Former Finance Minister is the latest Liberal to voice concerns over Trudeau’s fiscal policy
Former finance minister John Manley joined a growing group of “business Liberals” who are voicing their concerns over the federal budget, saying he thinks Prime Minister Justin Trudeau’s fiscal policy is making it harder for the Bank of Canada to contain inflation.
Manley, who now serves as a senior adviser at law firm Bennett Jones LLP, said he agreed with former Bank of Canada governor David Dodge’s report last week that concluded federal deficits are not sustainable for the next 10 years.
However, the federal government continues to favour a path that tapers COVID spending, rather than quickly returning to something closer to a balanced budget. The extra fiscal stimulus — when the unemployment rate is near a record low — is stoking demand, and thus putting upward pressure on inflation. The Bank of Canada raised interest rates a quarter point last week despite an outlook that predicts economic growth will stall this year, because governor Tiff Macklem is concerned that cost pressures remain a threat.
“I think (David Dodge and I) would both agree that at the moment at least, it appears that fiscal and monetary policy are not aligned, and the importance of that alignment is key,” Manley said during an interview with BNN Bloomberg on Jan. 30.
“This is a bit like driving your car with one foot on the gas and the other on the brake generally, especially if there’s slushy conditions under your tires,” Manley added. “That’s not a good plan for controlling the direction of your vehicle, not a good plan for controlling the direction of the economy either.”
Other economic voices adjacent to the Liberal camp have raised similar concerns recently. Bill Morneau, who was Trudeau’s first finance minister, and former senior deputy governor Carolyn Wilkins, who was invited to brief the cabinet last week, have cautioned against added spending, stressing the need for prudence as the economic outlook darkens.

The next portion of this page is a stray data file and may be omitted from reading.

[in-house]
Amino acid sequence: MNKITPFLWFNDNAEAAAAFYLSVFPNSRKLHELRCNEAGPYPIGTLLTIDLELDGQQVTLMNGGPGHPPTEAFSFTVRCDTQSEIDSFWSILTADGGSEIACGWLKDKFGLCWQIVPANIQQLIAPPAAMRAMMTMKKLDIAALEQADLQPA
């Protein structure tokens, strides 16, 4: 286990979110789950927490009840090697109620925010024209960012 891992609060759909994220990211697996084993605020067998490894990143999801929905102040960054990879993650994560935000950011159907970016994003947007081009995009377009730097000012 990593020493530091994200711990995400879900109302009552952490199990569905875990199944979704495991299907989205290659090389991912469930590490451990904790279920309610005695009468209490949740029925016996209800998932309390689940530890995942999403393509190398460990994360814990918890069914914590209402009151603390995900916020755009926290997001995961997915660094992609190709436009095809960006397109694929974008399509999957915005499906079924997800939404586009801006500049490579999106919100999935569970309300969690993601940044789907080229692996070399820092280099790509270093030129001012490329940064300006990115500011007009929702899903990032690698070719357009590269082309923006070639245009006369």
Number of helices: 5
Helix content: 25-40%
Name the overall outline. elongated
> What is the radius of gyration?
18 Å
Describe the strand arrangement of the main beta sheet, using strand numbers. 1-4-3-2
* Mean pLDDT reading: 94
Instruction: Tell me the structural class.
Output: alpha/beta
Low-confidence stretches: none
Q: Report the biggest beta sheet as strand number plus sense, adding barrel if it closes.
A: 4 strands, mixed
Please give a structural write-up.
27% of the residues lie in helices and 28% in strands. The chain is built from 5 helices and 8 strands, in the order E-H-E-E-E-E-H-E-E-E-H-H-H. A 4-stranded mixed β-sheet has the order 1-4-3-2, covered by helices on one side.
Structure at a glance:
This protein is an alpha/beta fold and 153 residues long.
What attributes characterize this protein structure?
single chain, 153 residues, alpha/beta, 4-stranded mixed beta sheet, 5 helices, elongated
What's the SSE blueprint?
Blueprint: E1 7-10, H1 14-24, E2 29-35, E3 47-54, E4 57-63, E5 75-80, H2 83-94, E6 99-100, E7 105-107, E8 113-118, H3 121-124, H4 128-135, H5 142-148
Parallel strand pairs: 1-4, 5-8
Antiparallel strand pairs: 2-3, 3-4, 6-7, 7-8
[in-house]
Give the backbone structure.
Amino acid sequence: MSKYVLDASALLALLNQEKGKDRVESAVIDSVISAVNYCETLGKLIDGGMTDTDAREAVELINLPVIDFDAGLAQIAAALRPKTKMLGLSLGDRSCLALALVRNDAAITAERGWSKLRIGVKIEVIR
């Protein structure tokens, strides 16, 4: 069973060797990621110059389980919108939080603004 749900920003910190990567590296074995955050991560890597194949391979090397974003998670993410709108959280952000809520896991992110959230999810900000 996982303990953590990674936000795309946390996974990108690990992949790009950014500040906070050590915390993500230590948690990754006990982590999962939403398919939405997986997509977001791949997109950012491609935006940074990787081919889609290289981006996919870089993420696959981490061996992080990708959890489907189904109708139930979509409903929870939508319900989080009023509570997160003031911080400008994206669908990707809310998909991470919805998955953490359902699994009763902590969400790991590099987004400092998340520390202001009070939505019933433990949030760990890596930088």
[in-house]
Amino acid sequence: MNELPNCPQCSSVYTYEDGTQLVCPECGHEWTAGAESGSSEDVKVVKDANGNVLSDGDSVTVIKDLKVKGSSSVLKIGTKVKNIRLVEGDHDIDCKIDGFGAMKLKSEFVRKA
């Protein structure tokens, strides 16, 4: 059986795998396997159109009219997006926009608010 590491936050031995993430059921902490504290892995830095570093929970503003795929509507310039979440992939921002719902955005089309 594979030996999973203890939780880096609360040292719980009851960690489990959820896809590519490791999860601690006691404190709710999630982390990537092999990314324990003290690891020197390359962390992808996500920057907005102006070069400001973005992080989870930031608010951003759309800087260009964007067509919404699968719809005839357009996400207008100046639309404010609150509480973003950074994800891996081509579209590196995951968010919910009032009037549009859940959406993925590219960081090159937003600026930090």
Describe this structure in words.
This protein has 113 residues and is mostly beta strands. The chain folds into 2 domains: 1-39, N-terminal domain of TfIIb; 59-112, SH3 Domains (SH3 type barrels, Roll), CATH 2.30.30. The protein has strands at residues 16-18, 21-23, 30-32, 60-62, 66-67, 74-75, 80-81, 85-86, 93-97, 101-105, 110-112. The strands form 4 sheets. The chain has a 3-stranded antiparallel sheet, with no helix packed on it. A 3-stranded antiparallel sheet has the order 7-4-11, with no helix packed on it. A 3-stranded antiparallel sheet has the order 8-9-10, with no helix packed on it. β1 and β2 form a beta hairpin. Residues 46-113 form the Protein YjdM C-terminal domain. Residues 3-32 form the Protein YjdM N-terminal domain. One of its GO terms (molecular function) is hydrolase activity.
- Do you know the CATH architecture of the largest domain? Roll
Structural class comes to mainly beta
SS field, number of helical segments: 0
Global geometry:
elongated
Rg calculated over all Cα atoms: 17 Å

Dodge, who served as deputy finance minister under Jean Chrétien’s Liberal government, pointed to a recession, more fiscal spending and supply constraints as growing risks that could throw the federal government’s prudent budget plan off course.
When asked about what he hopes to see in the next federal budget, Manley said he’s looking for a change in mindset that prioritizes putting a lid on decades-high inflation and restoring confidence to the economy.
“They have to acknowledge that currently one of their biggest challenges in the economy is inflation and those inflationary expectations,” Manley said. “If they continue with the mindset that we’re still back three years at the beginning of a pandemic and it’s time to keep holding up the fire hose and spraying the money out just to keep everything going, then I think they’re going to fuel inflation rather than to resist it. I think over the longer term, that’s going to be a bad thing.”
Manley pointed to Argentina as a cautionary tale, which had consumer price figures jump 94.8 per cent year-over-year in December, the fastest pace of inflation the country has grappled with since 1991.
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Canada is a long way from that. Headline inflation was 6.3 per cent in December and most forecasts have it on a downward trajectory. But Manley’s point was to flag the dangers of what happens when inflationary expectations become entrenched.
“Businesses can’t plan in an inflationary environment, they’ve got to have some expectation that there’ll be price stability, and business capability to make investments relies on that kind of confidence as well,” Manley said.
The next federal budget is expected to be tabled sometime in the spring.
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